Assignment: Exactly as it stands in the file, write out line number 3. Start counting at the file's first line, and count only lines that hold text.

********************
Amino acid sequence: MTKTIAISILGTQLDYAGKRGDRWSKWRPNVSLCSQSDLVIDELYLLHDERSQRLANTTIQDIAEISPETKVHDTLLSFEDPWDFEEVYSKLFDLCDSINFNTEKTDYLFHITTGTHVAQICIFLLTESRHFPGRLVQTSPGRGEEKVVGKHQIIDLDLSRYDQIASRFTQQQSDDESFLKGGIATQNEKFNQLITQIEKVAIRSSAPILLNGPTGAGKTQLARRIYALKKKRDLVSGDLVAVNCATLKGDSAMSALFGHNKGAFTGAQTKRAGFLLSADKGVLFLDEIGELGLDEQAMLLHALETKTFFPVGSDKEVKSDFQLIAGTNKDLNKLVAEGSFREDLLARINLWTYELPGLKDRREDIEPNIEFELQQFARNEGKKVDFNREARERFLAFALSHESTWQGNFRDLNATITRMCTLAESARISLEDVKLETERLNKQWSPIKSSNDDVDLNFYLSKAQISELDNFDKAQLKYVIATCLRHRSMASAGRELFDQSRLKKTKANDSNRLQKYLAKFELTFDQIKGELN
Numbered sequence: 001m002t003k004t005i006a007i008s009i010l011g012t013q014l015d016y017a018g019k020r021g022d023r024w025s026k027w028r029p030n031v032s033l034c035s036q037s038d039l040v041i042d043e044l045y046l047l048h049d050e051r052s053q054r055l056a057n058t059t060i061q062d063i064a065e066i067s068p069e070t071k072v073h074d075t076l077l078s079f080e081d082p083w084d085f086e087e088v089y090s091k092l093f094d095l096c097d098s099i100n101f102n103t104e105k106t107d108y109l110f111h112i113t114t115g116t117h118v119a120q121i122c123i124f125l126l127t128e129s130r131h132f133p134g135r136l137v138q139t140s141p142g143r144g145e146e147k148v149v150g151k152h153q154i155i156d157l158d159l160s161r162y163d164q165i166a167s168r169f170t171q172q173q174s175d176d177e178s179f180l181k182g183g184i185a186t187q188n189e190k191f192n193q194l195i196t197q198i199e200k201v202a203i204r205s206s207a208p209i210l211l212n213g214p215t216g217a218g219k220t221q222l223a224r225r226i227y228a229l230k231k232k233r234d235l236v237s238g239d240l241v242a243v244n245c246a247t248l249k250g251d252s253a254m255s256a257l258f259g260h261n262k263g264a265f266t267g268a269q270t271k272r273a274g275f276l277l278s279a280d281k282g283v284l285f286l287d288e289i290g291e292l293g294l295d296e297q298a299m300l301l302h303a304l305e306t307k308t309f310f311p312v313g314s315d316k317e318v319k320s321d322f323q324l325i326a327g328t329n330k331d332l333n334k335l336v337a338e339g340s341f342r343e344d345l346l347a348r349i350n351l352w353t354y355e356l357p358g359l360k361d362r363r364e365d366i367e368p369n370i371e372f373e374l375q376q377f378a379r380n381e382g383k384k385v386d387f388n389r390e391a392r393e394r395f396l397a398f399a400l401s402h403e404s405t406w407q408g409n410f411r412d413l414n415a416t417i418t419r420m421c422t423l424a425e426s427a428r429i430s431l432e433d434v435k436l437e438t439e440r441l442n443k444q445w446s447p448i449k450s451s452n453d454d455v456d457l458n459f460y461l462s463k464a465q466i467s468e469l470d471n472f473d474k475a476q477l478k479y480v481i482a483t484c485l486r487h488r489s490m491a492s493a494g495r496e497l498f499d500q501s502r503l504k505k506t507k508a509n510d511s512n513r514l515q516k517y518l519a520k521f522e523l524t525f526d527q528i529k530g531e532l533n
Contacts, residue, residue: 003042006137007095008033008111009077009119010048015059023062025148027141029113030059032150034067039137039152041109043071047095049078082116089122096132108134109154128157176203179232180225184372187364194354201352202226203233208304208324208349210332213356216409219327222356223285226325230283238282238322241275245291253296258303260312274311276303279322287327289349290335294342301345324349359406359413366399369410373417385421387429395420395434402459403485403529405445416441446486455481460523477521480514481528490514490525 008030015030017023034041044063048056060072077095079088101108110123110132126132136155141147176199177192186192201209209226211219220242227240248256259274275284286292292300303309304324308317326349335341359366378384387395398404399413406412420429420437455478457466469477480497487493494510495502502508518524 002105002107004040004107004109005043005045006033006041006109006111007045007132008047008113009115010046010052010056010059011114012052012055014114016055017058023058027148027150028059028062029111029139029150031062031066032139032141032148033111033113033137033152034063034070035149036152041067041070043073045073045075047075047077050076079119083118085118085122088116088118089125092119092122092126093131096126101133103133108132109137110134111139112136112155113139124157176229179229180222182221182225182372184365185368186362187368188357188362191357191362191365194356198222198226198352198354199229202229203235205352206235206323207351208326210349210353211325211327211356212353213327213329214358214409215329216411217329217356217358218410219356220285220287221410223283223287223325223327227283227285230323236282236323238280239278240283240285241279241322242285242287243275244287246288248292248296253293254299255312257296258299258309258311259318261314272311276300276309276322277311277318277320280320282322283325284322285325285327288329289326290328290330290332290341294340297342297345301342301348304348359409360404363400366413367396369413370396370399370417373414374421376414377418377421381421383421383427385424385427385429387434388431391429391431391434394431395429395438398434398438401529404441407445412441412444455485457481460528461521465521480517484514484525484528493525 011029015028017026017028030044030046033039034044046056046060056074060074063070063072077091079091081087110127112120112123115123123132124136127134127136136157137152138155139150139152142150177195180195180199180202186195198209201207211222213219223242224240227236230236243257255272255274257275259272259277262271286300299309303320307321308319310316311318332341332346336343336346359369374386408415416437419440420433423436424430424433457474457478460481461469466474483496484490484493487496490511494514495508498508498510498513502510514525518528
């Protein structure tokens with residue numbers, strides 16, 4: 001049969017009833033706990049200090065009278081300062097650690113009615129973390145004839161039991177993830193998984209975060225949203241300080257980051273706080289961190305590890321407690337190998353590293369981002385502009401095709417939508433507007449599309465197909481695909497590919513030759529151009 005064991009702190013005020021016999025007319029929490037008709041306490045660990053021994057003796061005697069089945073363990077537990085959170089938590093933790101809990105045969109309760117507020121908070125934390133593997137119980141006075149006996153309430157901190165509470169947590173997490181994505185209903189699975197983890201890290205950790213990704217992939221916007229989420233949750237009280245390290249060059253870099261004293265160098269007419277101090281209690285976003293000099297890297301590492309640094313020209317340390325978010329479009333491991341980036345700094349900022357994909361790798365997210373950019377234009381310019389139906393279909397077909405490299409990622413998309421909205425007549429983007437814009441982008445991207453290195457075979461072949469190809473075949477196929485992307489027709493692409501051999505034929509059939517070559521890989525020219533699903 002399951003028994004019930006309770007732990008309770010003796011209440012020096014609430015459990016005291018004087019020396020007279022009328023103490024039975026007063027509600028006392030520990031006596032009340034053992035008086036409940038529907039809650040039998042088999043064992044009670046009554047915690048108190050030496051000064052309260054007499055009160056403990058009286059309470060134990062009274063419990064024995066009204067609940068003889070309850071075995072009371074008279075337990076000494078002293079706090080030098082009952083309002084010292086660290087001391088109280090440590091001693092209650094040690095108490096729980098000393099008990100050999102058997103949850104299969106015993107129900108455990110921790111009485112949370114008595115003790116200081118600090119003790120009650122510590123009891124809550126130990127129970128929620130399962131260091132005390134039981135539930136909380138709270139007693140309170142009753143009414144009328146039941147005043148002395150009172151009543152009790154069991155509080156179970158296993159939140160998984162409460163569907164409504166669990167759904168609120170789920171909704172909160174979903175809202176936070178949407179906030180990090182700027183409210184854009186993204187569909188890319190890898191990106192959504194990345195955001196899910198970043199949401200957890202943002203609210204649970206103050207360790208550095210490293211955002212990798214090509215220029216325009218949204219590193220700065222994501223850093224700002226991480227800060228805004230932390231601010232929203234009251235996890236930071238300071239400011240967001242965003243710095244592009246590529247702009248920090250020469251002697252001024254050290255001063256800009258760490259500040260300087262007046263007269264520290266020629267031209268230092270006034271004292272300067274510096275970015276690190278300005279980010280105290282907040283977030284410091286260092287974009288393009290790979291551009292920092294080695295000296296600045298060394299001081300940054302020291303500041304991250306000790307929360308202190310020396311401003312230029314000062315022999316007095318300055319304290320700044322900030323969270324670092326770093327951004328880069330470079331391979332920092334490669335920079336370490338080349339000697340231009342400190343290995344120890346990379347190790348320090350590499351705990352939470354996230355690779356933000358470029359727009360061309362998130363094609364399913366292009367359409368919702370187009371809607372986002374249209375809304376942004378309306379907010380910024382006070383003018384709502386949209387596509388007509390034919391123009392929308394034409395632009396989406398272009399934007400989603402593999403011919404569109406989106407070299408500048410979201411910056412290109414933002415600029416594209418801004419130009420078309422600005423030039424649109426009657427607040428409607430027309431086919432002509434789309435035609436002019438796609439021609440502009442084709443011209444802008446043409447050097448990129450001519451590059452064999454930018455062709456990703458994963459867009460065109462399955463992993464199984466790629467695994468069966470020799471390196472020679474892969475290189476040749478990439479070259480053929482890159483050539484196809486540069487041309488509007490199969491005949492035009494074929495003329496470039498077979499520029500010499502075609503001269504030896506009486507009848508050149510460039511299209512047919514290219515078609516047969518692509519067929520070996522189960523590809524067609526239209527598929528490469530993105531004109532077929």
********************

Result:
Contacts, residue, residue: 003042006137007095008033008111009077009119010048015059023062025148027141029113030059032150034067039137039152041109043071047095049078082116089122096132108134109154128157176203179232180225184372187364194354201352202226203233208304208324208349210332213356216409219327222356223285226325230283238282238322241275245291253296258303260312274311276303279322287327289349290335294342301345324349359406359413366399369410373417385421387429395420395434402459403485403529405445416441446486455481460523477521480514481528490514490525 008030015030017023034041044063048056060072077095079088101108110123110132126132136155141147176199177192186192201209209226211219220242227240248256259274275284286292292300303309304324308317326349335341359366378384387395398404399413406412420429420437455478457466469477480497487493494510495502502508518524 002105002107004040004107004109005043005045006033006041006109006111007045007132008047008113009115010046010052010056010059011114012052012055014114016055017058023058027148027150028059028062029111029139029150031062031066032139032141032148033111033113033137033152034063034070035149036152041067041070043073045073045075047075047077050076079119083118085118085122088116088118089125092119092122092126093131096126101133103133108132109137110134111139112136112155113139124157176229179229180222182221182225182372184365185368186362187368188357188362191357191362191365194356198222198226198352198354199229202229203235205352206235206323207351208326210349210353211325211327211356212353213327213329214358214409215329216411217329217356217358218410219356220285220287221410223283223287223325223327227283227285230323236282236323238280239278240283240285241279241322242285242287243275244287246288248292248296253293254299255312257296258299258309258311259318261314272311276300276309276322277311277318277320280320282322283325284322285325285327288329289326290328290330290332290341294340297342297345301342301348304348359409360404363400366413367396369413370396370399370417373414374421376414377418377421381421383421383427385424385427385429387434388431391429391431391434394431395429395438398434398438401529404441407445412441412444455485457481460528461521465521480517484514484525484528493525 011029015028017026017028030044030046033039034044046056046060056074060074063070063072077091079091081087110127112120112123115123123132124136127134127136136157137152138155139150139152142150177195180195180199180202186195198209201207211222213219223242224240227236230236243257255272255274257275259272259277262271286300299309303320307321308319310316311318332341332346336343336346359369374386408415416437419440420433423436424430424433457474457478460481461469466474483496484490484493487496490511494514495508498508498510498513502510514525518528